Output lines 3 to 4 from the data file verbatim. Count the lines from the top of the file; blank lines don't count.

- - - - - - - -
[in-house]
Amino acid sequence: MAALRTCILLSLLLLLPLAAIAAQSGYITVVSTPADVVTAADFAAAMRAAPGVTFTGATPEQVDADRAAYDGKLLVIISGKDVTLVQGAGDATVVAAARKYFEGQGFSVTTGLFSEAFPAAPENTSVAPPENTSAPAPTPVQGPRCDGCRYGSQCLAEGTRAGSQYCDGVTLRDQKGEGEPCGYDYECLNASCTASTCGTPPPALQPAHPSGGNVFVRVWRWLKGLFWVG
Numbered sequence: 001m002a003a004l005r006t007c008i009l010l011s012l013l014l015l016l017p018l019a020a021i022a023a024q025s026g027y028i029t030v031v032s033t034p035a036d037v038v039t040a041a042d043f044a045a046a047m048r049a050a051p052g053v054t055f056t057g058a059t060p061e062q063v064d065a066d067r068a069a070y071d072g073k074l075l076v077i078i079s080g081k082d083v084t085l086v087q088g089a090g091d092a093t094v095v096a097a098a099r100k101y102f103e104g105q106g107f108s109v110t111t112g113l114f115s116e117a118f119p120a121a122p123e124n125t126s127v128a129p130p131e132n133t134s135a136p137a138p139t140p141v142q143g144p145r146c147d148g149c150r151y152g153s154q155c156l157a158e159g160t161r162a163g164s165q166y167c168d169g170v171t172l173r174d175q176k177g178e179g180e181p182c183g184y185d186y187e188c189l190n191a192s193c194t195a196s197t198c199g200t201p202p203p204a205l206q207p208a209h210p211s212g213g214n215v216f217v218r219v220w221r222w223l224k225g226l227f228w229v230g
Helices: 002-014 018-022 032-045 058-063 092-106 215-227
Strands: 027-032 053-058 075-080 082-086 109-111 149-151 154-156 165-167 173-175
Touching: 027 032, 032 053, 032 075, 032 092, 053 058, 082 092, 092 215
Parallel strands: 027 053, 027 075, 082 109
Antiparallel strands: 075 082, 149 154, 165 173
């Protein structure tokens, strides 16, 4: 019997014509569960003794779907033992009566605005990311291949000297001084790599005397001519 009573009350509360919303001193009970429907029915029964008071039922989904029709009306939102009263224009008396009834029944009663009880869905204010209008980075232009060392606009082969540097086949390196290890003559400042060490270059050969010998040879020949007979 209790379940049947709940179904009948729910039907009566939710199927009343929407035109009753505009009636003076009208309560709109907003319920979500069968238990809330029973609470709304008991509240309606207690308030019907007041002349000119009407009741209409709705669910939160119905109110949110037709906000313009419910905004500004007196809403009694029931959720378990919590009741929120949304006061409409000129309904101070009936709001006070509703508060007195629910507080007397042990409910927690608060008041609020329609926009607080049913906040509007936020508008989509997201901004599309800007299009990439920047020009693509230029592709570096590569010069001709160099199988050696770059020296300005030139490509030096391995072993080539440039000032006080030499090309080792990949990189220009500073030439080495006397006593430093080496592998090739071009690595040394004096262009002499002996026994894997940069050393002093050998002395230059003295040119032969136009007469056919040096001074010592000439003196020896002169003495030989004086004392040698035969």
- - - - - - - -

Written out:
Numbered sequence: 001m002a003a004l005r006t007c008i009l010l011s012l013l014l015l016l017p018l019a020a021i022a023a024q025s026g027y028i029t030v031v032s033t034p035a036d037v038v039t040a041a042d043f044a045a046a047m048r049a050a051p052g053v054t055f056t057g058a059t060p061e062q063v064d065a066d067r068a069a070y071d072g073k074l075l076v077i078i079s080g081k082d083v084t085l086v087q088g089a090g091d092a093t094v095v096a097a098a099r100k101y102f103e104g105q106g107f108s109v110t111t112g113l114f115s116e117a118f119p120a121a122p123e124n125t126s127v128a129p130p131e132n133t134s135a136p137a138p139t140p141v142q143g144p145r146c147d148g149c150r151y152g153s154q155c156l157a158e159g160t161r162a163g164s165q166y167c168d169g170v171t172l173r174d175q176k177g178e179g180e181p182c183g184y185d186y187e188c189l190n191a192s193c194t195a196s197t198c199g200t201p202p203p204a205l206q207p208a209h210p211s212g213g214n215v216f217v218r219v220w221r222w223l224k225g226l227f228w229v230g
Helices: 002-014 018-022 032-045 058-063 092-106 215-227